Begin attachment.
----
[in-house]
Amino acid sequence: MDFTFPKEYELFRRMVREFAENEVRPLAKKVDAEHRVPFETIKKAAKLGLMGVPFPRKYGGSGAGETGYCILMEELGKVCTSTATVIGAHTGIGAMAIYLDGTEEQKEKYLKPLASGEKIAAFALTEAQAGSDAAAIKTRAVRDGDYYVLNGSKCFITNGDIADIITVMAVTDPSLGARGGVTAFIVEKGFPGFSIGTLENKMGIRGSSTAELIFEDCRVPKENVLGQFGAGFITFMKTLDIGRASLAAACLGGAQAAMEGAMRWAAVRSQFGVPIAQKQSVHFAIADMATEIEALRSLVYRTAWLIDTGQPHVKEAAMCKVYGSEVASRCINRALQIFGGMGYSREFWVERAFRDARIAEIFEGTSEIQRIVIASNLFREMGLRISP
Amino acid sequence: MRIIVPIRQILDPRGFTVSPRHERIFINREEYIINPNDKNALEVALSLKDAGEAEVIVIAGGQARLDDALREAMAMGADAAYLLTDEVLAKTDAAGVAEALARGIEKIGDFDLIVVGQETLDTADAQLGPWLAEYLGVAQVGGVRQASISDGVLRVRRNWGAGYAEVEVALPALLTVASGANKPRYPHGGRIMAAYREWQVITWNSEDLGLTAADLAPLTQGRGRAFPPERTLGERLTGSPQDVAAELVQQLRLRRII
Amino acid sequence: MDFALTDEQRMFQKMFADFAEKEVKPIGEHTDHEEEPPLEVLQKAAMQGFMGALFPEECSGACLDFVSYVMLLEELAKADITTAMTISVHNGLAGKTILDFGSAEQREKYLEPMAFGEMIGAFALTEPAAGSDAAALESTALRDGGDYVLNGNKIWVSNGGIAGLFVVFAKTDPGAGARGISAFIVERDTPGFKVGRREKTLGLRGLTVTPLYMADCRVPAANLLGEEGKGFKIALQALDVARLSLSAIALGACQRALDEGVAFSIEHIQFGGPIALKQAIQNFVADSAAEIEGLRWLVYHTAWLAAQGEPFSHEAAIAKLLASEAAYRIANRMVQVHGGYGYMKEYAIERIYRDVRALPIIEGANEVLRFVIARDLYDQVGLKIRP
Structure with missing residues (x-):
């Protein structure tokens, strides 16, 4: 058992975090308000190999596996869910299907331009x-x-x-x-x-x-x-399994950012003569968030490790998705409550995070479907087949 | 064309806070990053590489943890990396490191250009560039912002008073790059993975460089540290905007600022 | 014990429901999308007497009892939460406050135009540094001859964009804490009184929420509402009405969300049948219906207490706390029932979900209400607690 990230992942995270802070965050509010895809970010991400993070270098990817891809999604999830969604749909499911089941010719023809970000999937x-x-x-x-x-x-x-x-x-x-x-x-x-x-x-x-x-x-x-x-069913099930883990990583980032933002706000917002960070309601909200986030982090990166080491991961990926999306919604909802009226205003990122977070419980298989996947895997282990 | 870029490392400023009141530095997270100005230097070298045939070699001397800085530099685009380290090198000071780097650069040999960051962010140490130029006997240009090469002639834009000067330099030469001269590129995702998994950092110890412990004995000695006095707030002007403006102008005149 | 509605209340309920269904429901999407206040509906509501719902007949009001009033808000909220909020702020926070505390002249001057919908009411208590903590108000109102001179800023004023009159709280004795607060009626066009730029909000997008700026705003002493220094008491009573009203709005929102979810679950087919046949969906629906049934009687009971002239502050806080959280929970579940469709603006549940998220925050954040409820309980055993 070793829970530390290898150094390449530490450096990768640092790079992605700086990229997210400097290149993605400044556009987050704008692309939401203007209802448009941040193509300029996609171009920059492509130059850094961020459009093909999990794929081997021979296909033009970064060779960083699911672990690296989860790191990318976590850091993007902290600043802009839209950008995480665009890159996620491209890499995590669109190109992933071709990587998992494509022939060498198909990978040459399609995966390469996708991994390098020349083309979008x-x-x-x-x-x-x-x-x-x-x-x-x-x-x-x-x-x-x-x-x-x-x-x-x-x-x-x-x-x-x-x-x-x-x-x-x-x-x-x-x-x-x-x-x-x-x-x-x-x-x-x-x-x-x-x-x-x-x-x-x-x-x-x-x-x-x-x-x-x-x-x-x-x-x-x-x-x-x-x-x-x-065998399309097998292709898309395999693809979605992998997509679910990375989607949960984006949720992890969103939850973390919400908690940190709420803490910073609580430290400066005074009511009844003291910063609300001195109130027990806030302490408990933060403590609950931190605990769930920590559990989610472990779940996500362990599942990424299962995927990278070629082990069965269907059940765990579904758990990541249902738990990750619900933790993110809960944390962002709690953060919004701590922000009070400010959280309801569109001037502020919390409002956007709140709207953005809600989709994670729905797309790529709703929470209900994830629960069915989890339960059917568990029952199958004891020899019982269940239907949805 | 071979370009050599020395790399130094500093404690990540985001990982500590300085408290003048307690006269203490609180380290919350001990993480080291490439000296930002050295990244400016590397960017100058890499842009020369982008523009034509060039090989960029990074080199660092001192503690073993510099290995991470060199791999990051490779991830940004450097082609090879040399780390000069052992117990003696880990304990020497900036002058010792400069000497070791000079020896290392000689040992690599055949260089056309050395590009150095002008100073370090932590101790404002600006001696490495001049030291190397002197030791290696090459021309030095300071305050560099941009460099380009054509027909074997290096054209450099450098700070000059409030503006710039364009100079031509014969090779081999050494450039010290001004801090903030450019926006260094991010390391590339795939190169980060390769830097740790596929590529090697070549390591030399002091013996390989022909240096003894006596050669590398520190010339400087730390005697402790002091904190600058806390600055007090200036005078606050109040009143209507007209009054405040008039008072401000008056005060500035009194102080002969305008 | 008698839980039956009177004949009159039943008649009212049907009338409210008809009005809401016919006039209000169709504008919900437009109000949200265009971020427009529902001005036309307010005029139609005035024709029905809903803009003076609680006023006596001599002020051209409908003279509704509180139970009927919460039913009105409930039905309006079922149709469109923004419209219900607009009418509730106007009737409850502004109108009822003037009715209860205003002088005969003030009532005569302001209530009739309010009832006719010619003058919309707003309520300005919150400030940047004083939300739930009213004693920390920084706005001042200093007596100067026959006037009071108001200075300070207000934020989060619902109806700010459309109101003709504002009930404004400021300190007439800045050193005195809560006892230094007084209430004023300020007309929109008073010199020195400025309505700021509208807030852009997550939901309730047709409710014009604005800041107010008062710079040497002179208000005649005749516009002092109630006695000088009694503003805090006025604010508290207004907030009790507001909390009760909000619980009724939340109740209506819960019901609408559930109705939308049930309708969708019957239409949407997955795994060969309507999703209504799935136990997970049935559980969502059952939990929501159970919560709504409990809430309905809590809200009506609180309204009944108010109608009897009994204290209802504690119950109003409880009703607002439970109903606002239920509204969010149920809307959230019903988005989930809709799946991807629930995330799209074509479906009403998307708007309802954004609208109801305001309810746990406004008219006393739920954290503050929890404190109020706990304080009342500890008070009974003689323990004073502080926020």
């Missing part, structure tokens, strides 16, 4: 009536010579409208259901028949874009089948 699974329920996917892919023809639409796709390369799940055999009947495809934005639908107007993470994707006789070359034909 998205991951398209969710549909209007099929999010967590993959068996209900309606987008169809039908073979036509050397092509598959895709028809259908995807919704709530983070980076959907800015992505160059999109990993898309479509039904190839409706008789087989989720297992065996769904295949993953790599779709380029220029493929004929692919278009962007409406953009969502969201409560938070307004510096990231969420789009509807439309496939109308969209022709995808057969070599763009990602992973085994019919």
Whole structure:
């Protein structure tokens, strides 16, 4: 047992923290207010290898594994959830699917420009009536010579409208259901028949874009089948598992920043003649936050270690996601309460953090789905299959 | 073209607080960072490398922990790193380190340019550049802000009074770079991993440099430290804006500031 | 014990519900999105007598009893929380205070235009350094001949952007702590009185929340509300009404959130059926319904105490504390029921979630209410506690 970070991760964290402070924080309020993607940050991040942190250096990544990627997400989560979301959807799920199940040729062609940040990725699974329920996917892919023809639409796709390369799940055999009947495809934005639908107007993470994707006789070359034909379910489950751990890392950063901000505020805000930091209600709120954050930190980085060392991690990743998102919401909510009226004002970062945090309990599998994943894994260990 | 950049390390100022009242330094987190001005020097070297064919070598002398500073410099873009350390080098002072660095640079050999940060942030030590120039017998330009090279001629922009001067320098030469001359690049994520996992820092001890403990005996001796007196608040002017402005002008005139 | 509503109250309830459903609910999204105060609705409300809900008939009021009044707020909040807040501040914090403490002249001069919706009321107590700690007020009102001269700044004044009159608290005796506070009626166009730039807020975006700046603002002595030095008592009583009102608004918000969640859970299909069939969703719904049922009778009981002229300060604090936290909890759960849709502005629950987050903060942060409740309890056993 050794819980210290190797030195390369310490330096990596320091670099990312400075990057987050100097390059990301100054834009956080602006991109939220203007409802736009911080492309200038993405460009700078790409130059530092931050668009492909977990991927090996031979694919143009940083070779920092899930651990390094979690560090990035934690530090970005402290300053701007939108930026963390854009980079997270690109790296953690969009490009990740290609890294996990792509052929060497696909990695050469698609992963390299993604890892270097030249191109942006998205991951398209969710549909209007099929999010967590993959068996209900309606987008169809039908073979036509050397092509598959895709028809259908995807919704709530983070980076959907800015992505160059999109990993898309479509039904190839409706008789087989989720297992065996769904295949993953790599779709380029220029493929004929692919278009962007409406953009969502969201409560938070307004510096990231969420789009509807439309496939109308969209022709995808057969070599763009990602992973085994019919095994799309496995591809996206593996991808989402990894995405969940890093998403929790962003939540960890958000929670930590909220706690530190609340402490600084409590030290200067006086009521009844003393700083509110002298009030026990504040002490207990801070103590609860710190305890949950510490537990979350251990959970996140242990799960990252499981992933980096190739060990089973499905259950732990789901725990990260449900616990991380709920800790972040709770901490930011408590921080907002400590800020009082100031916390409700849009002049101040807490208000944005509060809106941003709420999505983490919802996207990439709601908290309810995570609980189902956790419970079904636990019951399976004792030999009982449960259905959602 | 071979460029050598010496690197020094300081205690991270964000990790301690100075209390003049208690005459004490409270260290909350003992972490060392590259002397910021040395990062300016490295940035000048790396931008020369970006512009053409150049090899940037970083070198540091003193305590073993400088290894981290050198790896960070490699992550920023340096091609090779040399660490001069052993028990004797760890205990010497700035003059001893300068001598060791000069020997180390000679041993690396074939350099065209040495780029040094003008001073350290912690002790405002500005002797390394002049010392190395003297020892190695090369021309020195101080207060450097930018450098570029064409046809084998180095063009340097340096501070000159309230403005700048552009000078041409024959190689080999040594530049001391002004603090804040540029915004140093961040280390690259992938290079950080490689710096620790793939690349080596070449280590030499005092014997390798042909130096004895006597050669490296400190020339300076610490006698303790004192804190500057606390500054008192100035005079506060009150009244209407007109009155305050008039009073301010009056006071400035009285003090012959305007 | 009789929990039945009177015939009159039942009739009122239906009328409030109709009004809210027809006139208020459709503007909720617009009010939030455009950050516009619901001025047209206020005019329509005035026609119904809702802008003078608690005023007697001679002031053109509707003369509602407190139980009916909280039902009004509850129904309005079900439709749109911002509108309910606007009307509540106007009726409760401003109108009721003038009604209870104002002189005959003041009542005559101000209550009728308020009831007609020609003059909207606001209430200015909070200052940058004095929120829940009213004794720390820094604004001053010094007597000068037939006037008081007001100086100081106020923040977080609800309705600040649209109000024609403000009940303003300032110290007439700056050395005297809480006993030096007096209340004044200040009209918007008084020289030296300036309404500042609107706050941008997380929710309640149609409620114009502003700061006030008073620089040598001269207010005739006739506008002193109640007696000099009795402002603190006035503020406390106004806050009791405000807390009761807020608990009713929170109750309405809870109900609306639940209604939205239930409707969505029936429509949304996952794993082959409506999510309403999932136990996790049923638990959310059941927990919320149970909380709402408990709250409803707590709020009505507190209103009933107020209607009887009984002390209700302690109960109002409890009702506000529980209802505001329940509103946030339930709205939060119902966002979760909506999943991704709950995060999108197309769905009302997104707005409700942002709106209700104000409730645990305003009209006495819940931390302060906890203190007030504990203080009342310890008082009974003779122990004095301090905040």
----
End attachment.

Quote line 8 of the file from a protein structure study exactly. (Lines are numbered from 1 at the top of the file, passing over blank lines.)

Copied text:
Whole structure: